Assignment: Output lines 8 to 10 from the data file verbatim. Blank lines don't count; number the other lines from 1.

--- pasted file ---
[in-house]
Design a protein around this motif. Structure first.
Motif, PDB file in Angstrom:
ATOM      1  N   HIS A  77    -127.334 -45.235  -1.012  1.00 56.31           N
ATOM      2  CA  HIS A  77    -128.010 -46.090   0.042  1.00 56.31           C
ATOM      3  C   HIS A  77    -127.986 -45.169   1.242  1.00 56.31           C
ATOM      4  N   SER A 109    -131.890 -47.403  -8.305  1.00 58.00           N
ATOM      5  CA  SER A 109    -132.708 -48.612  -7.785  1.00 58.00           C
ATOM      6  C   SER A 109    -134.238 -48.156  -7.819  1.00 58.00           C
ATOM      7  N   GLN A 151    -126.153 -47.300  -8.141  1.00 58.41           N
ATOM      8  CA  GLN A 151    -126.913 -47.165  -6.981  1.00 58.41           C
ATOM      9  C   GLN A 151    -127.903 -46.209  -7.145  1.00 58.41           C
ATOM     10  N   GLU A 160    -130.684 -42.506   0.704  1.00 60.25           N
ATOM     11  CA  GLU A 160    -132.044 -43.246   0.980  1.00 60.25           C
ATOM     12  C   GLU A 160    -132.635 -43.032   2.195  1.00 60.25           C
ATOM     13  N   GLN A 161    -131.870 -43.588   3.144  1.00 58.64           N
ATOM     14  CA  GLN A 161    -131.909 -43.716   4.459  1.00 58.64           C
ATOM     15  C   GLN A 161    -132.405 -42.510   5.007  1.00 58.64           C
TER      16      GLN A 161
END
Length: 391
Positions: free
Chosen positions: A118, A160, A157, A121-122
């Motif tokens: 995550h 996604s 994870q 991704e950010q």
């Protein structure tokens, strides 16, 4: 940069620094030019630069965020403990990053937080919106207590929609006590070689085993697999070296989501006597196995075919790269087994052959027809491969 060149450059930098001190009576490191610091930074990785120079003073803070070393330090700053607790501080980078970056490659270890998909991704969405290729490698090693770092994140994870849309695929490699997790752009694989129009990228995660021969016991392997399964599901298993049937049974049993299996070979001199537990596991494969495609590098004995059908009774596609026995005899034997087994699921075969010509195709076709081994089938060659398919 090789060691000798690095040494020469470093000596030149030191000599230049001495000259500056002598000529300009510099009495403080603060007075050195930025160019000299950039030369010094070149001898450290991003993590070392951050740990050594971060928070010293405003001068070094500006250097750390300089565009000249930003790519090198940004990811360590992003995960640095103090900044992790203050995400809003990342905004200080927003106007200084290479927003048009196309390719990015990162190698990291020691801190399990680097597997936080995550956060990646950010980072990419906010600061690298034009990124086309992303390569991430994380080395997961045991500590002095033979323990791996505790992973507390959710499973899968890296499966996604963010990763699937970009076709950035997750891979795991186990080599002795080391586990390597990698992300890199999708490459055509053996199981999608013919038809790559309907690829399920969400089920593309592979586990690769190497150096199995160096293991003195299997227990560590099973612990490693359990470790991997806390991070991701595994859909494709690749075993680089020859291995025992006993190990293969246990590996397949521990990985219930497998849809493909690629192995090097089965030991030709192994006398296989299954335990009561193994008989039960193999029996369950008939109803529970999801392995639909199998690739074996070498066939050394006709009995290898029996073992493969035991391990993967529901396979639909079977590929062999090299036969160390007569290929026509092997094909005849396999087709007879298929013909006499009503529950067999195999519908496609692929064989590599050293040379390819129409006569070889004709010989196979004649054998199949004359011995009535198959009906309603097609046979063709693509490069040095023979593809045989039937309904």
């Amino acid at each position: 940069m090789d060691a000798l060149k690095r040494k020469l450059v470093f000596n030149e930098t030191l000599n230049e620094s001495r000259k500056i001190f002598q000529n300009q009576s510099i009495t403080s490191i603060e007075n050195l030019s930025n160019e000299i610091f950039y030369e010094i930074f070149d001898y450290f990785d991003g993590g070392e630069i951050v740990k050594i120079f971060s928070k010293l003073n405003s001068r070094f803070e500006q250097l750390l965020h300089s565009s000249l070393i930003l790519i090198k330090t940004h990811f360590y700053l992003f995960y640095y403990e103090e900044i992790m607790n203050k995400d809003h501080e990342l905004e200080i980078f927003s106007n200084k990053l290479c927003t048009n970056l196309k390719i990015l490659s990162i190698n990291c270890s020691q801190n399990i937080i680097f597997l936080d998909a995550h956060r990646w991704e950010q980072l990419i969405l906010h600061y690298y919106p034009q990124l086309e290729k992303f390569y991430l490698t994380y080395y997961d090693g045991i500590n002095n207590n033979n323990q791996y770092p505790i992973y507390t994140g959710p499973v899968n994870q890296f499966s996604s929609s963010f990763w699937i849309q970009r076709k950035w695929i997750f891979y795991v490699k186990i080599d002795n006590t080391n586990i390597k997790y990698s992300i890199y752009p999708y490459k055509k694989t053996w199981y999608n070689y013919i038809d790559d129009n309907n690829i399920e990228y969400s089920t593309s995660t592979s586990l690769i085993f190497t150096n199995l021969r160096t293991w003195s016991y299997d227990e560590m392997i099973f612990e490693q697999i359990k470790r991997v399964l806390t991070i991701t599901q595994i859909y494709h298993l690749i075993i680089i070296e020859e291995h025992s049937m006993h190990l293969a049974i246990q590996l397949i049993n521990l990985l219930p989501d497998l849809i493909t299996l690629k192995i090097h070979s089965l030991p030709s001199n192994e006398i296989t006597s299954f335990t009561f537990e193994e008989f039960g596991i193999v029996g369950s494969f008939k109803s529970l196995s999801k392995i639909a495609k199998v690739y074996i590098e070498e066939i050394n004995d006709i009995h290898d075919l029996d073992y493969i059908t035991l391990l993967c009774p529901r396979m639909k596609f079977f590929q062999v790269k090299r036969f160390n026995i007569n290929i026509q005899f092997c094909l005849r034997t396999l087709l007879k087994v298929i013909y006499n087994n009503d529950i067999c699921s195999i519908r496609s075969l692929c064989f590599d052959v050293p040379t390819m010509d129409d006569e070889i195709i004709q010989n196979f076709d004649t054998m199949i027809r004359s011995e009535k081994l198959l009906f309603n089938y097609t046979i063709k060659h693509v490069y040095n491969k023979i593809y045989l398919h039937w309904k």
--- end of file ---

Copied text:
ATOM      5  CA  SER A 109    -132.708 -48.612  -7.785  1.00 58.00           C
ATOM      6  C   SER A 109    -134.238 -48.156  -7.819  1.00 58.00           C
ATOM      7  N   GLN A 151    -126.153 -47.300  -8.141  1.00 58.41           N